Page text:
For more information about the portal, visit the Frequently Asked Questions (FAQs) (opens in a new window) page.


This page contains working definitions of common terms used in Western Sydney University's Respect. Now. Always. campaign. For more, see Western's policies, especially the Sexual Offences Response Policy and Procedures (opens in a new window)  and Sexual Harassment Prevention policy (opens in a new window).

To suggest a term, please let us know

  • Consent 
    • Consent means to freely and knowingly agree to something.
    • Sexual behaviour without consent is a crime. This includes non-consensual sharing of explicit images (such as revenge porn).
    • People need to understand what is happening to give consent. So, they can't consent to sexual activity if they are:
      • under significant influence of drugs or alcohol
      • asleep or unconscious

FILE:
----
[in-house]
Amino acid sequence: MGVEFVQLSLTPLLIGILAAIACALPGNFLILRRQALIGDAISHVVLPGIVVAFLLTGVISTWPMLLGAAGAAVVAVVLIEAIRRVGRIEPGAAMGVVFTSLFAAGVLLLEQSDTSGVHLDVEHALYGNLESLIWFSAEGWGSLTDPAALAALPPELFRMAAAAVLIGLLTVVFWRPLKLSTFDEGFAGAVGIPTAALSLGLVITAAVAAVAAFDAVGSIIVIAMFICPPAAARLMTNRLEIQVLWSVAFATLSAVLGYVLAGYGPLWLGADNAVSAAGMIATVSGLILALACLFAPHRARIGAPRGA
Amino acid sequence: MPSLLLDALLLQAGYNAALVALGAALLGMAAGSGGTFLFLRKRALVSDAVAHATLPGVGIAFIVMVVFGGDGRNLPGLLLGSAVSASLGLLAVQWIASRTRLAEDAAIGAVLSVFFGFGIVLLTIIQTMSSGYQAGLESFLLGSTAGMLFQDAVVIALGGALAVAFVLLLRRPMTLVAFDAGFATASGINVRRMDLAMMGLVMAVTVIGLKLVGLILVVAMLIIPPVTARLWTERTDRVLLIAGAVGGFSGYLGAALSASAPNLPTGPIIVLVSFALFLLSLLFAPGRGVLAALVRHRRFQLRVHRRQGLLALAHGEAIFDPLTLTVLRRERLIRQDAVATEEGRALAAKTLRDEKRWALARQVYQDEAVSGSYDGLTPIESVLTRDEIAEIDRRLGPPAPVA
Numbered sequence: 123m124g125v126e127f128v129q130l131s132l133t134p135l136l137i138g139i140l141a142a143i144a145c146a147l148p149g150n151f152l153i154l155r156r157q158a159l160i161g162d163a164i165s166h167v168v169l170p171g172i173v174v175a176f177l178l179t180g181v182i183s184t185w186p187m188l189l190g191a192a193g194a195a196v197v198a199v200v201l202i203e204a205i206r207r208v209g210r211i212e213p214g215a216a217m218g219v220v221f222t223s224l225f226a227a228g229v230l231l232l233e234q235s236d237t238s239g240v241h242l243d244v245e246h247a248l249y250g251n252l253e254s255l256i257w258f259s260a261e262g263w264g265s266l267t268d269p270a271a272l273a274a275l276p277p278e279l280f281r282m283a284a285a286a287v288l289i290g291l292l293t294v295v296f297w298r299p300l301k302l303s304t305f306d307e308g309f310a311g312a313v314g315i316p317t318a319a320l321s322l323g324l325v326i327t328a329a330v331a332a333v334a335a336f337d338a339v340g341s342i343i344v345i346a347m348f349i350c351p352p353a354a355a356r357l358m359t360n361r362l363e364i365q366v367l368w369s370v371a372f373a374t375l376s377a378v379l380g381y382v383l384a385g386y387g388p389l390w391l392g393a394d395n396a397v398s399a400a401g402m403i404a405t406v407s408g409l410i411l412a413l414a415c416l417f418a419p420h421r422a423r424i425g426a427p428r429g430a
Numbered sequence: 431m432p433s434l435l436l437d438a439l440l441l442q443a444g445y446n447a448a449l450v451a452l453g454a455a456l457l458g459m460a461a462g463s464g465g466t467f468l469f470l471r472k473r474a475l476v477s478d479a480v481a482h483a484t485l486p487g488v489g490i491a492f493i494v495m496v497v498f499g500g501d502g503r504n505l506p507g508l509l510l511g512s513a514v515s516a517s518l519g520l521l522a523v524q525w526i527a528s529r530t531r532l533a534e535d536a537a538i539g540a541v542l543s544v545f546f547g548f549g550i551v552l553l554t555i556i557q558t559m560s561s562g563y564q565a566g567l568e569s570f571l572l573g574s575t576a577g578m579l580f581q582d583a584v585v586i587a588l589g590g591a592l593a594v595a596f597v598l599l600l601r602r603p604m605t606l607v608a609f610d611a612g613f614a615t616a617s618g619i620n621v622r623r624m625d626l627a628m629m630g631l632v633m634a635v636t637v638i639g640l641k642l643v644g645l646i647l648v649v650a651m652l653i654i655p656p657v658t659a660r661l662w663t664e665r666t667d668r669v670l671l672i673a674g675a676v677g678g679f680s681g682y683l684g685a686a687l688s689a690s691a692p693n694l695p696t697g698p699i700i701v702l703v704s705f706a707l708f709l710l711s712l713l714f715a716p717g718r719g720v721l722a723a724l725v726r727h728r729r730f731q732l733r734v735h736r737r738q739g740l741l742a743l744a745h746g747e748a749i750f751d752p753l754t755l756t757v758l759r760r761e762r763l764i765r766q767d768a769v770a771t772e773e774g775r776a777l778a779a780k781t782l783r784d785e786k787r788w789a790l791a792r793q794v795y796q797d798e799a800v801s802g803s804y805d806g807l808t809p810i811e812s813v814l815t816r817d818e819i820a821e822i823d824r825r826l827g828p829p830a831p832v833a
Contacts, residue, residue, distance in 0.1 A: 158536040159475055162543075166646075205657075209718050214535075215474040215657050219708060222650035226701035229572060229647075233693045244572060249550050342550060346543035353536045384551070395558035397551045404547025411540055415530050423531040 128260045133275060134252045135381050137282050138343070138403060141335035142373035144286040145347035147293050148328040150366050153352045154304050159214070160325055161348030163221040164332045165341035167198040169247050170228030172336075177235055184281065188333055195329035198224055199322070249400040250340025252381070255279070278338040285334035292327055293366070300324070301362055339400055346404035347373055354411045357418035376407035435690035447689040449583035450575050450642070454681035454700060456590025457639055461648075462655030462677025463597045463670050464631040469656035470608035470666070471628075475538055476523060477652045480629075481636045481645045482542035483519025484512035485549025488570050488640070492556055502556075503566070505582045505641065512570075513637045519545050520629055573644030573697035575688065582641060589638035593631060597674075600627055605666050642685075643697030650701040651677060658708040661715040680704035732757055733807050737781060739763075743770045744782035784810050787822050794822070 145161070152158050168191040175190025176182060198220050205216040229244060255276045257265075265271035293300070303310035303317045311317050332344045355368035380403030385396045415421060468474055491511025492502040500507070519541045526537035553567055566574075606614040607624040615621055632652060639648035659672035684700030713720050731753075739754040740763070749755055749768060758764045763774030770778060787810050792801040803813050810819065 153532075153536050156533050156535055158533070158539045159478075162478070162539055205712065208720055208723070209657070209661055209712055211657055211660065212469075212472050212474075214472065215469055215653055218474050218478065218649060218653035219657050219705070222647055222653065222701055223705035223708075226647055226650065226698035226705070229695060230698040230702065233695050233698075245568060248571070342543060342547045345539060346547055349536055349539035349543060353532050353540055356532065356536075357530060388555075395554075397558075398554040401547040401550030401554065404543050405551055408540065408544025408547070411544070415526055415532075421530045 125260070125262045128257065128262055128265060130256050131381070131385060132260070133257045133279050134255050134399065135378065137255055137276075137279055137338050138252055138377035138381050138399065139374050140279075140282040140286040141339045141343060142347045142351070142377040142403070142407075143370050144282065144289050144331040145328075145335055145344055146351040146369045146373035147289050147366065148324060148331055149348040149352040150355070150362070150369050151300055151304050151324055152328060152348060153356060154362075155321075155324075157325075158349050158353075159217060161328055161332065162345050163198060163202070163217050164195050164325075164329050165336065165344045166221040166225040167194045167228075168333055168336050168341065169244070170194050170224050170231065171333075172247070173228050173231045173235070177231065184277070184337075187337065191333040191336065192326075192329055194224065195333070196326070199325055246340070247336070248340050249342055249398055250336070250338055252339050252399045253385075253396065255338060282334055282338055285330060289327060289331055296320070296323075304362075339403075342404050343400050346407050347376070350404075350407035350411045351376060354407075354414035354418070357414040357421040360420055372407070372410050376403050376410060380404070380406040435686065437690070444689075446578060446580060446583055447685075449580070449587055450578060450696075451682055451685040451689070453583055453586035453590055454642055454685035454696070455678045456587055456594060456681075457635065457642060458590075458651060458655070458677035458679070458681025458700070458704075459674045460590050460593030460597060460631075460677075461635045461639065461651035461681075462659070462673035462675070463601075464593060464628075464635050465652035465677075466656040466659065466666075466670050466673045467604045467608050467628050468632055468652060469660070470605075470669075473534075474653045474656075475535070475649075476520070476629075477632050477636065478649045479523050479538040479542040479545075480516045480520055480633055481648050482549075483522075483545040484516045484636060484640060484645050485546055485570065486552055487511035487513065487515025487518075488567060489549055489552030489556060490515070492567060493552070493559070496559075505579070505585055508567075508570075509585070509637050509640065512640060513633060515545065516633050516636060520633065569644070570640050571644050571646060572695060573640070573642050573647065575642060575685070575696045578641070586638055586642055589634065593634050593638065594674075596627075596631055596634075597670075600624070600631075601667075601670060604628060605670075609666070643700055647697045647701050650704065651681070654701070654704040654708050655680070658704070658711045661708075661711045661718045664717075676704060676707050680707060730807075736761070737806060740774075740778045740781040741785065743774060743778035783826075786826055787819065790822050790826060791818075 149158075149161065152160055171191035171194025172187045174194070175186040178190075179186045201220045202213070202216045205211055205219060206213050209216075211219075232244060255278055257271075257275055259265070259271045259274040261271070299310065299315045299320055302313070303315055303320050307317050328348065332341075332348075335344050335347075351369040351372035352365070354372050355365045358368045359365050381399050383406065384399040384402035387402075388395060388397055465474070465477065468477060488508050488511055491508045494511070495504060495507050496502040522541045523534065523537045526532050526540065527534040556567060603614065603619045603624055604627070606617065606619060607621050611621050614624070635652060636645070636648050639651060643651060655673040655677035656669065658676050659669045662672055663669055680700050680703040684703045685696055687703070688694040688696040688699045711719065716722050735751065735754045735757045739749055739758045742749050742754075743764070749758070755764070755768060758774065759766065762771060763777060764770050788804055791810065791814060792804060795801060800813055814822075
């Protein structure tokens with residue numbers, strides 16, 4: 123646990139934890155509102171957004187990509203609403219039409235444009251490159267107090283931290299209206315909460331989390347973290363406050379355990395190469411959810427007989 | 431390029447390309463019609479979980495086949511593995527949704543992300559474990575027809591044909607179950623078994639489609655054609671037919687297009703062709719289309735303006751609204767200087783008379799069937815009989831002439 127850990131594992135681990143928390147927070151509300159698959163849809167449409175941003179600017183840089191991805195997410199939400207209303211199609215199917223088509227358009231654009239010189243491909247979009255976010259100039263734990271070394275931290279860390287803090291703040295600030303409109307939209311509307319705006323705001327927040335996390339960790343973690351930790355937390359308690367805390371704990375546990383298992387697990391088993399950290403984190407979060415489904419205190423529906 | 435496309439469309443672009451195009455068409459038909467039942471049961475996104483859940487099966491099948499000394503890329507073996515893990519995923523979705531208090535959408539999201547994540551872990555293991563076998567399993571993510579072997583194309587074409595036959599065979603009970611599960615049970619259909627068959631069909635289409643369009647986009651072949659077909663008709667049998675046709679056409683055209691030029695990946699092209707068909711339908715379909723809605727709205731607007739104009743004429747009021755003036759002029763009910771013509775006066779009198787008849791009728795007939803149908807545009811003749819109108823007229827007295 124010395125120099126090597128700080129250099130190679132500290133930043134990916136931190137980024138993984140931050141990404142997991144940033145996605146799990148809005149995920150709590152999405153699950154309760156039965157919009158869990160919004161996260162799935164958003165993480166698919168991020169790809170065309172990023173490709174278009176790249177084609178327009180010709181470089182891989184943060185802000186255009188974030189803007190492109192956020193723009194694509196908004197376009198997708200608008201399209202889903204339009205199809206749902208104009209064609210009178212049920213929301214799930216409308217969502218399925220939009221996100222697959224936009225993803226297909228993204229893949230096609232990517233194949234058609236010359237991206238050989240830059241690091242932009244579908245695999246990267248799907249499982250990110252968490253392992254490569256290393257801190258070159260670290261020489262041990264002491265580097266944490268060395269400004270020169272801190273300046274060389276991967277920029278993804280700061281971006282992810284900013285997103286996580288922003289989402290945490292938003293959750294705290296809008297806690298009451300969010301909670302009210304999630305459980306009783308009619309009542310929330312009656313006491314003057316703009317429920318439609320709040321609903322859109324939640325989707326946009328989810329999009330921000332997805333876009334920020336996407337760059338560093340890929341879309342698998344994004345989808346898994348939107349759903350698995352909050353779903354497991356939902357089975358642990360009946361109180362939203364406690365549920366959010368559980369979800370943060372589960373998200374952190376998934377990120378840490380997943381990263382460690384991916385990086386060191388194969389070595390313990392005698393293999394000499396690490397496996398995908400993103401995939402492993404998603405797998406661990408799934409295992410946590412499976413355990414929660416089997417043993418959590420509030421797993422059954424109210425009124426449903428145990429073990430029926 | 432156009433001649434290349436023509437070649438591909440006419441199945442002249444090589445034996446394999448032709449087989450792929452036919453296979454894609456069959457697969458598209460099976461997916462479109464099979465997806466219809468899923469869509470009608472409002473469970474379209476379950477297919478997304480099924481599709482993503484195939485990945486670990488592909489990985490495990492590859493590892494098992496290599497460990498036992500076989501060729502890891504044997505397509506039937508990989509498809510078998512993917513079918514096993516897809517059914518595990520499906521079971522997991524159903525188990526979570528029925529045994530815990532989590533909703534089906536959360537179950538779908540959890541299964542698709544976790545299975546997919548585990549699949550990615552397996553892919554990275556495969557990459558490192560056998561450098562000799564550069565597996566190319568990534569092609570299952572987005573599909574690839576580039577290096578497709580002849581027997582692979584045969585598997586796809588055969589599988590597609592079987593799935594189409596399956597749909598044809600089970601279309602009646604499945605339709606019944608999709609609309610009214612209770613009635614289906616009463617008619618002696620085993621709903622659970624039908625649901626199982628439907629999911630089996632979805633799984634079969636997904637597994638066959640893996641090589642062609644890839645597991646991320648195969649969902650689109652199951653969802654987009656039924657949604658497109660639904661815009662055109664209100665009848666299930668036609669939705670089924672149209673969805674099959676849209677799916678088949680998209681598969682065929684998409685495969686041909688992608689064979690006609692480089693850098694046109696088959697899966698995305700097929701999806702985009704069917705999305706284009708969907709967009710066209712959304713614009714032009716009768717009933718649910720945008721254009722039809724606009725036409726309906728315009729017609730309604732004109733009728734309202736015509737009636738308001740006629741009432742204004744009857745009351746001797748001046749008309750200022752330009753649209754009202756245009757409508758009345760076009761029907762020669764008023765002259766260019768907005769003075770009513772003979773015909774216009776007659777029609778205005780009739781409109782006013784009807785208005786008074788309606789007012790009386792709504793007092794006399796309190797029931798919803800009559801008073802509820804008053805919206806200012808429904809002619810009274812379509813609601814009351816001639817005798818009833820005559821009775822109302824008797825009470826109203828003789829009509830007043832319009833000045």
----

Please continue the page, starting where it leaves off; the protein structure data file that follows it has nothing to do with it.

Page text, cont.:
• confused / unaware / do not understand what is happening
      • fearful for their safety
      • under 16
    • Support services such as 1800 RESPECT (opens in a new window) can help you understand your role in providing consent.
    • See what NSW Law says here (opens in a new window).
    • More info here (opens in a new window) 
  • Gender equality 
    • Gender equality refers to the equal access of resources among genders. Gender equality may be seen as an end goal. Western is proud (opens in a new window) of its stance and many approaches to gender equality.
  • Gender equity 
    • Gender equity refers to the fair allocation of resources among genders to ensure full access to a range of opportunities.
  • Sexual touching 
    • Sexual touching is a crime which refers to touching (or threatening to touch) a person's body in a sexual manner without the consent of the other person.
    • It includes unwanted touching of a person's breast, bottom or genitals Crimes Act 1900 (NSW) (opens in a new window)
    • Sexual touching is sometimes called indecent assault.
  • Positive intervention 
    • Positive intervention means safely calming conflict between others. This can be done directly, or through delegation or distraction. Find out more here (opens in a new window).
  • Rape 
  • Safety plan